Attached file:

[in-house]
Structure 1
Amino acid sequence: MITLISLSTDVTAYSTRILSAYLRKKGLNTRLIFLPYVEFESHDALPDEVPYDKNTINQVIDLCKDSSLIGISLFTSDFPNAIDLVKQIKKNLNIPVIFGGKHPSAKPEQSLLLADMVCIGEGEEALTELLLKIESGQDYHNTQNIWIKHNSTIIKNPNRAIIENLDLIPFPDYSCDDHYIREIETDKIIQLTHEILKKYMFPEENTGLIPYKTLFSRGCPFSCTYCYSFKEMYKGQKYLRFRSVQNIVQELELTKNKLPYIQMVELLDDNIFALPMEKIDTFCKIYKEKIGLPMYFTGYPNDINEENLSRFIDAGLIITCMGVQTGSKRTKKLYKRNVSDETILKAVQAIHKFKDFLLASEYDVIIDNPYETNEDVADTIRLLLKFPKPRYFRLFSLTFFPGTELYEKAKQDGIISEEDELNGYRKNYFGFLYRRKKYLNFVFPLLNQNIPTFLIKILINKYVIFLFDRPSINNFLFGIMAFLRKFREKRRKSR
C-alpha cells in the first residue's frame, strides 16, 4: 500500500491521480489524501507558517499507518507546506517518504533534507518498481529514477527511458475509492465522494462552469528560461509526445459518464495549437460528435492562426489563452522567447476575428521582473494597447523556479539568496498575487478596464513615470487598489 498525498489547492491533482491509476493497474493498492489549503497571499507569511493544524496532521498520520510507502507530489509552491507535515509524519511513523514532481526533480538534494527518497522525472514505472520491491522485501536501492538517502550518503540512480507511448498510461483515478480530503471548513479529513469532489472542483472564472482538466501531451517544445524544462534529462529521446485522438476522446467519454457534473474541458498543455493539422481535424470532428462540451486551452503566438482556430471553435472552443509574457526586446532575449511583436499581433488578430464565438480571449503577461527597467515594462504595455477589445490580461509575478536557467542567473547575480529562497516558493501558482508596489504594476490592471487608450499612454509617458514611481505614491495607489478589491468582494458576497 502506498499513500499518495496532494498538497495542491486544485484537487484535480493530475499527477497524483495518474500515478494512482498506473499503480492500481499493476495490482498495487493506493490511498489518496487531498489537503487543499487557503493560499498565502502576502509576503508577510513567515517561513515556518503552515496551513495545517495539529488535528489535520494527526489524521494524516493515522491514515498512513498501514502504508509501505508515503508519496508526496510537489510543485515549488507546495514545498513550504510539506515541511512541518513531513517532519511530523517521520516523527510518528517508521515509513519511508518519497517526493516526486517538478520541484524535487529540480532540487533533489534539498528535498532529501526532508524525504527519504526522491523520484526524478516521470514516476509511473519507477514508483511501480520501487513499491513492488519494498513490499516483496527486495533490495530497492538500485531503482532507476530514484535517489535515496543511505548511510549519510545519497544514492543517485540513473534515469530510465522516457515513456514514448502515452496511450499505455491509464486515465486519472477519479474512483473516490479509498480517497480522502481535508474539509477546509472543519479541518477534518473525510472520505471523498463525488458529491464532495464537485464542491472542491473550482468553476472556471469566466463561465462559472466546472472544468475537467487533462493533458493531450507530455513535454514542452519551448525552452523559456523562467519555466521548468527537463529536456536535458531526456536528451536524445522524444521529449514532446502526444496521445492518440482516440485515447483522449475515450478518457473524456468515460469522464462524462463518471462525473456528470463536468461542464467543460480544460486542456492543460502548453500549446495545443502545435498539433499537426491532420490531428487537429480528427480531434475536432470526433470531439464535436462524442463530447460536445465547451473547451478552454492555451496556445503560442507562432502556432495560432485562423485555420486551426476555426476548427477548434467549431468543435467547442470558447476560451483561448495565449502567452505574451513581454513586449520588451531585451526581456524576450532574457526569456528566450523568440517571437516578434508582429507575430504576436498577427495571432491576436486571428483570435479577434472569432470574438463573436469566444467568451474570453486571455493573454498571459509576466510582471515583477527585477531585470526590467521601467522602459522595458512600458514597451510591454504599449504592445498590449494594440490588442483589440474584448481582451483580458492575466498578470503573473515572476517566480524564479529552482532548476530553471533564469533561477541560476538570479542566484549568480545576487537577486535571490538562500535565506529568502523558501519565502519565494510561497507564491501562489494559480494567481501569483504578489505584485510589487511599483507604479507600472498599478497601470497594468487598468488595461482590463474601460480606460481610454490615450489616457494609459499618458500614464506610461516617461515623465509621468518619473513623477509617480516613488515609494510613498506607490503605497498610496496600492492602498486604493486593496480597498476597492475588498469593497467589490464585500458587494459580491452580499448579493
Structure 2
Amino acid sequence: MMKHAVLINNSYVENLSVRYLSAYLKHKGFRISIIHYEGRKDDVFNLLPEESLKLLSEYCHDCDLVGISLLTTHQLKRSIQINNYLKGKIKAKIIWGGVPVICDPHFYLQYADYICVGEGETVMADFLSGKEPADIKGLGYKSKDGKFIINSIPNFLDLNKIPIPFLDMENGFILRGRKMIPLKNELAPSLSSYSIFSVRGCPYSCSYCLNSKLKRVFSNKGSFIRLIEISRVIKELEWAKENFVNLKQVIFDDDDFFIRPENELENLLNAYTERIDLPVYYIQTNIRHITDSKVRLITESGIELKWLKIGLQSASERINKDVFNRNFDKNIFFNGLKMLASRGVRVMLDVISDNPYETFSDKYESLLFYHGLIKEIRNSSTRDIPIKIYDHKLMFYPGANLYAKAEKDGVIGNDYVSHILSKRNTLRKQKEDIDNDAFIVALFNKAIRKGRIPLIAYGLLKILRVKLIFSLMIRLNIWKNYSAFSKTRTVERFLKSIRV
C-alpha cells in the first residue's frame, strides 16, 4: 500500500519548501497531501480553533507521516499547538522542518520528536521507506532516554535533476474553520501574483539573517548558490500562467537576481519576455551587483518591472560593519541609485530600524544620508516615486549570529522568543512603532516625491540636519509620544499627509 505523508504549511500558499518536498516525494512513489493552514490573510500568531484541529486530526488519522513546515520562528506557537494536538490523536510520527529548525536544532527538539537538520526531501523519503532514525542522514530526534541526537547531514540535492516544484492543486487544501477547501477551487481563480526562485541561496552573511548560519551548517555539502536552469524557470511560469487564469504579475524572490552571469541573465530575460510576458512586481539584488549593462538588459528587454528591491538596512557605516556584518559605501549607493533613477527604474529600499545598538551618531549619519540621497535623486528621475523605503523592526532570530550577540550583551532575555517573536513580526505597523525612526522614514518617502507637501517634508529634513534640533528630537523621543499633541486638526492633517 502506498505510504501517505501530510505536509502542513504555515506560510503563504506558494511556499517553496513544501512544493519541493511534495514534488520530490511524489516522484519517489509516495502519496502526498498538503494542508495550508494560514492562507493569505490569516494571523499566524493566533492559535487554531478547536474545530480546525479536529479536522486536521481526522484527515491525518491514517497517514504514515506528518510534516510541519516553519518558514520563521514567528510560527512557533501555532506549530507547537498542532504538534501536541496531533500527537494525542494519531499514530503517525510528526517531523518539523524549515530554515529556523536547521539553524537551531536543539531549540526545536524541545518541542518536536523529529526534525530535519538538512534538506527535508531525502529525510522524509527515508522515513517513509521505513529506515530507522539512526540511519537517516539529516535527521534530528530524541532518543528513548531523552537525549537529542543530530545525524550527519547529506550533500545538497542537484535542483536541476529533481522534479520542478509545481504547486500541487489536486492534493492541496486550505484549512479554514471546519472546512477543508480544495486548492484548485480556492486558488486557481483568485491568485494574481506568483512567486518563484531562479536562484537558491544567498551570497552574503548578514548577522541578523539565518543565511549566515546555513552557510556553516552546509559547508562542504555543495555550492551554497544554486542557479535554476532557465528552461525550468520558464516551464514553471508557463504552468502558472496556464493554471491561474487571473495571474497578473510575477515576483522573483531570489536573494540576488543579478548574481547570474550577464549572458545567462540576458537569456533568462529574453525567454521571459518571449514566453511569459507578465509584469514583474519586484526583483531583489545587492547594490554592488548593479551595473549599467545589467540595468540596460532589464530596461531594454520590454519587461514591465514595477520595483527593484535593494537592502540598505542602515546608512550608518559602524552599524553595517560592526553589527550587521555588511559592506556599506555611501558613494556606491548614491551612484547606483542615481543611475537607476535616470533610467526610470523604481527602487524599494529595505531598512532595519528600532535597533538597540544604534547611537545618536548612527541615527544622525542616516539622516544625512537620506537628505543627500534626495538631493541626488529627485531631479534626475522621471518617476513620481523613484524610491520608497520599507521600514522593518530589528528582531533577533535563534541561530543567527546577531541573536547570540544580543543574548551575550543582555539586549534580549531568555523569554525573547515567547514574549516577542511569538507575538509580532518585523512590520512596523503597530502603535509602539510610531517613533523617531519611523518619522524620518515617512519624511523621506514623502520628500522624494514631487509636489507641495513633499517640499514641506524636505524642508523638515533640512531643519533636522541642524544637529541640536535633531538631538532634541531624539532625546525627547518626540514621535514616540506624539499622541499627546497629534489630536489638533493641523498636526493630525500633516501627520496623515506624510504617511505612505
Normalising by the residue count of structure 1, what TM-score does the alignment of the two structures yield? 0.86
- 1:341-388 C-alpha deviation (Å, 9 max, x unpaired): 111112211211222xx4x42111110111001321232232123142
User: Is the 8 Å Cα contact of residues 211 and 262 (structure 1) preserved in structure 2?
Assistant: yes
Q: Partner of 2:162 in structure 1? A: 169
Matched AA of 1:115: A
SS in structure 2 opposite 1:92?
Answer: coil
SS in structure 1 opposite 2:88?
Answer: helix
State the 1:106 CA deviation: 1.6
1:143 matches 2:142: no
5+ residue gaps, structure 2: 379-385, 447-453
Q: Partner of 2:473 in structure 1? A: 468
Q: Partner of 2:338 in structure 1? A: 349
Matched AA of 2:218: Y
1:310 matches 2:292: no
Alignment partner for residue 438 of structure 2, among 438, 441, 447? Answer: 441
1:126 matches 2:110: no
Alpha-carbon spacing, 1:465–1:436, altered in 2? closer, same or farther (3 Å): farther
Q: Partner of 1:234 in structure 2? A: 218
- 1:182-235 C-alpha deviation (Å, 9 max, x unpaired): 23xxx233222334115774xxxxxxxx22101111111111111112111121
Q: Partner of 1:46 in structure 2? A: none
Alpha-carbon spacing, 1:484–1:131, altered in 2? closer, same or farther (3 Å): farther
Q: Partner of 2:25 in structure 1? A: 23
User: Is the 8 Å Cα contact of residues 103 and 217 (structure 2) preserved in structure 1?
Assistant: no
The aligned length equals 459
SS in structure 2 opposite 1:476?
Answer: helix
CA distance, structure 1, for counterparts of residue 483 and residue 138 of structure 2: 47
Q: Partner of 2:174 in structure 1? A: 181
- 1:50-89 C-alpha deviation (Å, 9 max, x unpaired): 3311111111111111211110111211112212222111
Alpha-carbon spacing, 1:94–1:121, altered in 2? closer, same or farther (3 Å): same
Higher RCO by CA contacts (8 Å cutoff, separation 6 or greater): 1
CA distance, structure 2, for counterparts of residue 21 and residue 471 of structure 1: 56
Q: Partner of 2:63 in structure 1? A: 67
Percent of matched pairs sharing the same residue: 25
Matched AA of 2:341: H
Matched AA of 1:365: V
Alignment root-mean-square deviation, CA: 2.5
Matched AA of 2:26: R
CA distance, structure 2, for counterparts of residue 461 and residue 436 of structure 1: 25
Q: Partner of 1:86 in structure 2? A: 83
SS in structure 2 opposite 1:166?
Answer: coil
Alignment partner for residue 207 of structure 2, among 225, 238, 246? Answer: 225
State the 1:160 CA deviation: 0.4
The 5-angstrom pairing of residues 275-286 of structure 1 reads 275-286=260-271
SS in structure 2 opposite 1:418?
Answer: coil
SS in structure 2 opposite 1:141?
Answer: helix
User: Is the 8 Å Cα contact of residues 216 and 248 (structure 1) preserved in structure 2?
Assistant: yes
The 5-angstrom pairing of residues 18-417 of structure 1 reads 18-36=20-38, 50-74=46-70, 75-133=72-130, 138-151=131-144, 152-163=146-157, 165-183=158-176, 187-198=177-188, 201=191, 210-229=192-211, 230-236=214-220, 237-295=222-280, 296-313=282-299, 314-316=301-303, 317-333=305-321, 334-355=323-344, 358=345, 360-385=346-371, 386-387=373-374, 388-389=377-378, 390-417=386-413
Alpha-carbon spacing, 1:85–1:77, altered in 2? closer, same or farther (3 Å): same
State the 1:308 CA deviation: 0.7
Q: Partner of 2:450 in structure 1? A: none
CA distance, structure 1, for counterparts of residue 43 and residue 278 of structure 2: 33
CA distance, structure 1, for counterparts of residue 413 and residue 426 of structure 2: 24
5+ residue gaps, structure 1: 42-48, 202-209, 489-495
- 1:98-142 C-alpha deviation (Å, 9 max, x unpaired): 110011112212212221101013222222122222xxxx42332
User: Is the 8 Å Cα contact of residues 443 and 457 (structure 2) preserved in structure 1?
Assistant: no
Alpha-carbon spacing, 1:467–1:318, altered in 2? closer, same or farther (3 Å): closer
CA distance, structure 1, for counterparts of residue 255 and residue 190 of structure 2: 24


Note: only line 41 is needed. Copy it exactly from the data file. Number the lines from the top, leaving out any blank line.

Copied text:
Alpha-carbon spacing, 1:94–1:121, altered in 2? closer, same or farther (3 Å): same